Most of the techniques we teach in budo, whether it is karate or judo or aikido or anything else, are not simply dangerous. They are extremely violent. Many of our students want to learn budo for self-defense. For a long time I didn’t think about the meaning of self-defense. The term was thrown around so much everyone in the dojo just assumed we knew what it meant. I’m quickly coming to realize that I don’t have a clear enough understanding of what self-defense means legally to be sure I won’t get myself in trouble if I’m ever in a situation where knowledge of exactly where the line is drawn is important.
I’ve been doing a little bit of reading by a couple of different writers and one term that comes up is “the Monkey Dance”. This is used to refer to the social dance that revolves around social violence, which usually falls outside the circle that includes self-defense. Part of learning the skills of combat, is learning when it is appropriate to use them and when it isn’t.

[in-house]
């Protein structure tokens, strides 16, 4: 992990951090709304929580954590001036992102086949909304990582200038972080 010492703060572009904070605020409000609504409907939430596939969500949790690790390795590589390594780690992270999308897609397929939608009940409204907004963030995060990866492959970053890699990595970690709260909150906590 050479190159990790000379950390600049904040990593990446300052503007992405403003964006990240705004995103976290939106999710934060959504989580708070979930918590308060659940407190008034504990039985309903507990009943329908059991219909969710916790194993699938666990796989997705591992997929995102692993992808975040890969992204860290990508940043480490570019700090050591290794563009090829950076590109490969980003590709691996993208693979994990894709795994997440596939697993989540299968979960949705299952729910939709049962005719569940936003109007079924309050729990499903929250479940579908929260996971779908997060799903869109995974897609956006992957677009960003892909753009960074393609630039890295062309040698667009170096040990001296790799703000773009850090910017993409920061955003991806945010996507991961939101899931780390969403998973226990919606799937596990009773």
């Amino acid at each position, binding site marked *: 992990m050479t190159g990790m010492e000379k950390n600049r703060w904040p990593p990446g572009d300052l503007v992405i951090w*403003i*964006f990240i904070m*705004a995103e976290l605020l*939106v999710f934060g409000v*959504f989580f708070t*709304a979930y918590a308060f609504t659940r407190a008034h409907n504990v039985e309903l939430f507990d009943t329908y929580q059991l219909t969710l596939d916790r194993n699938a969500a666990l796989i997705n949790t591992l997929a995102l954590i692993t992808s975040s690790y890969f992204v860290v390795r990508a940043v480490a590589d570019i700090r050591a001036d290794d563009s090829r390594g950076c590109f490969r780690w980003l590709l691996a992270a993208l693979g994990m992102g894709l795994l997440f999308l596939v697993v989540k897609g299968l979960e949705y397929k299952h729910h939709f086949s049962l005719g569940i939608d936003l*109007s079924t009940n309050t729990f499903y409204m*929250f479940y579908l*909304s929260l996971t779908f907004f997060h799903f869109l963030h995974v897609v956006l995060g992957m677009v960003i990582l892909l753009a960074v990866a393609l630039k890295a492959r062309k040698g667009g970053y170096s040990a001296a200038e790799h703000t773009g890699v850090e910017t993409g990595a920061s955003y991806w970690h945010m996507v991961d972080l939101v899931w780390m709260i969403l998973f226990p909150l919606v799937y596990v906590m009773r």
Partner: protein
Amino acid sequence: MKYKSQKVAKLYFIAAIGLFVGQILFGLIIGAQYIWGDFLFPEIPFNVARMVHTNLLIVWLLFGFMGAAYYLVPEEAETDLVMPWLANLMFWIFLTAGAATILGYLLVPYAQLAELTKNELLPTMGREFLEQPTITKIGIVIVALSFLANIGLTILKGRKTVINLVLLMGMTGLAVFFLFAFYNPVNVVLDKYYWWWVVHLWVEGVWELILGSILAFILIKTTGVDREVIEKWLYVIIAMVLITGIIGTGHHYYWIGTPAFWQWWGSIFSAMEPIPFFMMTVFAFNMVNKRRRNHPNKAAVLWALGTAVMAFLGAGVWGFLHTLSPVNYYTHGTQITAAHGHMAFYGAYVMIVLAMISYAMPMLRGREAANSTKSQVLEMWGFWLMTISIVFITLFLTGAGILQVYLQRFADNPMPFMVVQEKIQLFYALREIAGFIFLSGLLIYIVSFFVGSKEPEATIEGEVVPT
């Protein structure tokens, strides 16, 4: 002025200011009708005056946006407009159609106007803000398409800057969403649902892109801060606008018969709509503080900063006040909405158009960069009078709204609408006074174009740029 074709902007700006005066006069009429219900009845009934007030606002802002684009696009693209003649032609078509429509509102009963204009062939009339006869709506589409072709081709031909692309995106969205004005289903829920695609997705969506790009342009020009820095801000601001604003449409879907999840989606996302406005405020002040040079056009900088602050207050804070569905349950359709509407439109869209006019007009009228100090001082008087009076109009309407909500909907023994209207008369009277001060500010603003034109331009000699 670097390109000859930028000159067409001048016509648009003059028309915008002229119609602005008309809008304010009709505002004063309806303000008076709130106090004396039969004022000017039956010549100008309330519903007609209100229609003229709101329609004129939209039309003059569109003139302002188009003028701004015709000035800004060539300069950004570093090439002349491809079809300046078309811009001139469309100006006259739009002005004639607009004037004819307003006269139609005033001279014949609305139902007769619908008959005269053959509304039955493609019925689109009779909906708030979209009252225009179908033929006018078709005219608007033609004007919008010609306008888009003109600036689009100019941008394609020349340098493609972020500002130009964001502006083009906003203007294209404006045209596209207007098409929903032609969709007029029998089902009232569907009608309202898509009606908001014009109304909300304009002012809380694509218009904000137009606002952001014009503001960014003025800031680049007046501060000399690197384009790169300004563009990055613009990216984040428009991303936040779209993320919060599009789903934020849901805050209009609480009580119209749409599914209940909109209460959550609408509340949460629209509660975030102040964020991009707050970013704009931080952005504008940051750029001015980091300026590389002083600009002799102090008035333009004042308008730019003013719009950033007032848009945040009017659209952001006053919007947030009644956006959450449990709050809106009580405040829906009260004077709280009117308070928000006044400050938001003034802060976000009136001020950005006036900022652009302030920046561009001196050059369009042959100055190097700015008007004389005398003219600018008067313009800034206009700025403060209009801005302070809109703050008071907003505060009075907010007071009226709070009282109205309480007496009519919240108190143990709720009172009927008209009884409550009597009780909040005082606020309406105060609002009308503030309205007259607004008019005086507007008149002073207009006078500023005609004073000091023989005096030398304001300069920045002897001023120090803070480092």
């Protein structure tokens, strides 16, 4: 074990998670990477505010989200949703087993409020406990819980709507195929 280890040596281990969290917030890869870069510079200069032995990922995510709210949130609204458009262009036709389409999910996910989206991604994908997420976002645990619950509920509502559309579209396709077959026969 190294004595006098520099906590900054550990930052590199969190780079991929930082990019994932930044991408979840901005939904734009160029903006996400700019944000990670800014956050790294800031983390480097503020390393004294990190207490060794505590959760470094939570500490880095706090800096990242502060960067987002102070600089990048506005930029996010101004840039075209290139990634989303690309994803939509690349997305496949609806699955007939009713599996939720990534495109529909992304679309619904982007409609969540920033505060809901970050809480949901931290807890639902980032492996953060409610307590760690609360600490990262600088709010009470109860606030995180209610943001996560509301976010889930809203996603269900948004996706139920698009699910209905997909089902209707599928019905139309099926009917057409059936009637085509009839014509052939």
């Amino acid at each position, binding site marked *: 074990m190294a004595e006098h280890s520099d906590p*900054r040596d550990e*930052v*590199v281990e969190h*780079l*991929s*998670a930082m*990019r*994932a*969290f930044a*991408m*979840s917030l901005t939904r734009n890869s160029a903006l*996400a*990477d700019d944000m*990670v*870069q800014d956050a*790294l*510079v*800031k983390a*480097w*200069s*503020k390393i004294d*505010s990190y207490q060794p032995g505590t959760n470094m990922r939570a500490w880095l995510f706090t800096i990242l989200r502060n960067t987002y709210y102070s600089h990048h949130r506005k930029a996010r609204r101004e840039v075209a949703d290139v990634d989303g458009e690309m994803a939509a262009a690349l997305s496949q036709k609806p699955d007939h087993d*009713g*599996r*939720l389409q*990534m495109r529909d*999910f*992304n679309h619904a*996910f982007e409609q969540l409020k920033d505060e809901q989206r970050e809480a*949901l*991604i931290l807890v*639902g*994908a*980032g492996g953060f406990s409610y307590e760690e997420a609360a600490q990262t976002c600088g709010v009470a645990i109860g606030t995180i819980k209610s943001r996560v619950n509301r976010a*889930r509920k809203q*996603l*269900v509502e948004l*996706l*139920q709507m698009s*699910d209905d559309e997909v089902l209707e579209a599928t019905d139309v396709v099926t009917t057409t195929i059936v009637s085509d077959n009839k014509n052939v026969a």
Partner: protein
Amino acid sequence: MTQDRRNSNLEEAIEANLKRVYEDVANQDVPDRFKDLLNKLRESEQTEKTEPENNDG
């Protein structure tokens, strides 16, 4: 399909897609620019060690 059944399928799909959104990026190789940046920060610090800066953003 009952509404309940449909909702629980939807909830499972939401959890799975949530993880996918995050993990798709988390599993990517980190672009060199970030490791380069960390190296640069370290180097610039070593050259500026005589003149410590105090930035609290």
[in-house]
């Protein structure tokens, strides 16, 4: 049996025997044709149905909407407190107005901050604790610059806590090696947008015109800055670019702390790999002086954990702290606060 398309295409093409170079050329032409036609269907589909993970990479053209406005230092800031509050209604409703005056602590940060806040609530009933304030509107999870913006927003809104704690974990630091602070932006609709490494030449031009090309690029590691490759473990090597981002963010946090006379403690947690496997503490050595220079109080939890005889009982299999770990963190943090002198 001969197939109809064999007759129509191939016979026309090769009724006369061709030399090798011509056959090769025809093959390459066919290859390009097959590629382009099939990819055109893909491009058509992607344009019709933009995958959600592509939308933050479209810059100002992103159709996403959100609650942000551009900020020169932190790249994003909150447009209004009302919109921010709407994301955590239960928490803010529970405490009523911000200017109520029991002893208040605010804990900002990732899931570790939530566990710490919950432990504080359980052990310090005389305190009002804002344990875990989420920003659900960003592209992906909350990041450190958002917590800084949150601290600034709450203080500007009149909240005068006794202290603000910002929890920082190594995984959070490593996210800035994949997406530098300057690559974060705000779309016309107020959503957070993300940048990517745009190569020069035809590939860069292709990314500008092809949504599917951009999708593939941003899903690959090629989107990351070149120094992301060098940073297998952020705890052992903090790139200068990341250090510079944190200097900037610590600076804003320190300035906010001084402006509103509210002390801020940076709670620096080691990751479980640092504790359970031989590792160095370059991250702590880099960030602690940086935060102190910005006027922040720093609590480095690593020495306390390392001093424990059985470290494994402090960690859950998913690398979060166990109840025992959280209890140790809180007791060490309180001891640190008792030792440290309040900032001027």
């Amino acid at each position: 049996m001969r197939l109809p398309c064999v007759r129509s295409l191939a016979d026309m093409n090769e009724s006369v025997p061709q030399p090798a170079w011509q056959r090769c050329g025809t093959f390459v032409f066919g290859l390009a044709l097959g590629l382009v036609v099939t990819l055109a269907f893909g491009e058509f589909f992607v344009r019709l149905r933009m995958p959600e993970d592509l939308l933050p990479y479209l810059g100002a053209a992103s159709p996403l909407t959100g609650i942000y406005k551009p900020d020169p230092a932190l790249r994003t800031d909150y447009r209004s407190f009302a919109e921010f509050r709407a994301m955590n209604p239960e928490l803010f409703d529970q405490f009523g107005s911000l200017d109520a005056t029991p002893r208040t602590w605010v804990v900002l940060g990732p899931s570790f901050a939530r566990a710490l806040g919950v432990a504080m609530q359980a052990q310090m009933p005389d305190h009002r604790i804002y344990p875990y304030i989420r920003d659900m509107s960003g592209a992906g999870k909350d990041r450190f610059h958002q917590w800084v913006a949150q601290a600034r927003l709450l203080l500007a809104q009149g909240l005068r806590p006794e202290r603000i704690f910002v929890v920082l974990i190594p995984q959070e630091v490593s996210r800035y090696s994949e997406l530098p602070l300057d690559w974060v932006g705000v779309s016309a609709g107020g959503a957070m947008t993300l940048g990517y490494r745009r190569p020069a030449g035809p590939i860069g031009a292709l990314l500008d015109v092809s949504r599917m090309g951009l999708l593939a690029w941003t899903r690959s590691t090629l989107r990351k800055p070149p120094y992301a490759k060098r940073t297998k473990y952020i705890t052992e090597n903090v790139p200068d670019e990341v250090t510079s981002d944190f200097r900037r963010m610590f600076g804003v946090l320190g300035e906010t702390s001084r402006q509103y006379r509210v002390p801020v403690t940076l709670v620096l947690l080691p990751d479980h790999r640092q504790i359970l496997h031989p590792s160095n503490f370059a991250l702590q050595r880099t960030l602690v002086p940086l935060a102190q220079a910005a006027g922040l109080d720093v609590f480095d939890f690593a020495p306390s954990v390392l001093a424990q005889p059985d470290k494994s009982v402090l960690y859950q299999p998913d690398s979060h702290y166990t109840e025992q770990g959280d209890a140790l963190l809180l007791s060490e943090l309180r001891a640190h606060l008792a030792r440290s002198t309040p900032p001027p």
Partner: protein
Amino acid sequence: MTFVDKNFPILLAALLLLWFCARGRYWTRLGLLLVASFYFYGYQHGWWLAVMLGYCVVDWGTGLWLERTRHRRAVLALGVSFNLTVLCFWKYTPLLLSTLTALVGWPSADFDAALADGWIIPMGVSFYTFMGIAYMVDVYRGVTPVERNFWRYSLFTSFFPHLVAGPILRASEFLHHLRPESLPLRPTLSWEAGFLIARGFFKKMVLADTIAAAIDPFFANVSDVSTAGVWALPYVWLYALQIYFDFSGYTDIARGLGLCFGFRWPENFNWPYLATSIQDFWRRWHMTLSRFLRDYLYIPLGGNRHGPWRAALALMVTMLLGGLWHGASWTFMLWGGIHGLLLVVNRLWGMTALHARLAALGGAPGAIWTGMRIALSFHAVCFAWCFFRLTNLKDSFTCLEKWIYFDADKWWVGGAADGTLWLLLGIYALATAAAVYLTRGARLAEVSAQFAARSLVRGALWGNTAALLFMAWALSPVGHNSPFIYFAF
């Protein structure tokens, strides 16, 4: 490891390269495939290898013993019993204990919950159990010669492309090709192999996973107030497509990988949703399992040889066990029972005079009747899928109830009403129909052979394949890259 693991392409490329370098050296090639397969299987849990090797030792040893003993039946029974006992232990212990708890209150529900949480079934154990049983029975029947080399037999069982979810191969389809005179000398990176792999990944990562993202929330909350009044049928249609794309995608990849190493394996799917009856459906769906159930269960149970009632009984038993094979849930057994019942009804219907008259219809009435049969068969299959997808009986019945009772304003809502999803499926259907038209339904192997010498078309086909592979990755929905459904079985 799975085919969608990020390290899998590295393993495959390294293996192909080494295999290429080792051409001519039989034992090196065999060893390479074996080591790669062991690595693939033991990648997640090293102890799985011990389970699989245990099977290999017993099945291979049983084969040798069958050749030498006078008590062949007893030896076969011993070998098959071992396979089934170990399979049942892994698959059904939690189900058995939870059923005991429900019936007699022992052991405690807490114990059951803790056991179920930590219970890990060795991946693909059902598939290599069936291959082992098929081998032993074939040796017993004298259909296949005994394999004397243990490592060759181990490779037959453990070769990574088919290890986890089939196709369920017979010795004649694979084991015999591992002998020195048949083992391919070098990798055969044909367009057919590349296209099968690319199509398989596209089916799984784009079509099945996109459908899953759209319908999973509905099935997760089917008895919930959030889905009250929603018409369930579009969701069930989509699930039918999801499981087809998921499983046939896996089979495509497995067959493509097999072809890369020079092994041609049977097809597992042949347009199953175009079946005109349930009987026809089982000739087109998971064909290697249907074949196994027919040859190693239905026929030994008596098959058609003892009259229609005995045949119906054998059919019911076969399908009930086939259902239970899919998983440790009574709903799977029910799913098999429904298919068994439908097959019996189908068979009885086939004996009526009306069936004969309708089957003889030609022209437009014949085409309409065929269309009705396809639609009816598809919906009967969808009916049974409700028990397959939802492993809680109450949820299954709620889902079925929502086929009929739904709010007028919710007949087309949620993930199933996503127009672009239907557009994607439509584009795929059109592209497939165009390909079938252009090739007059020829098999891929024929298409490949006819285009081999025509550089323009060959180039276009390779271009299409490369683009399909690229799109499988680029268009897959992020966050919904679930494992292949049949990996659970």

I’ve heard too many people say “I’d rather be judged by 12 than carried by 6.” This seems to demonstrate a willful ignorance of the law. If you know the law, it’s not too hard to figure out what the appropriate response is. If you don’t know the law, you’re likely to get yourself in a lot of trouble. Even the military has rules of engagement.
The best resources I’ve found so far for understanding the rules we operate under are
Teaching budo means we are teaching skills that people can apply in life. If we teach these skills, we have the responsibility to teach people when it is ok to use them, and when using their skills could land them in jail.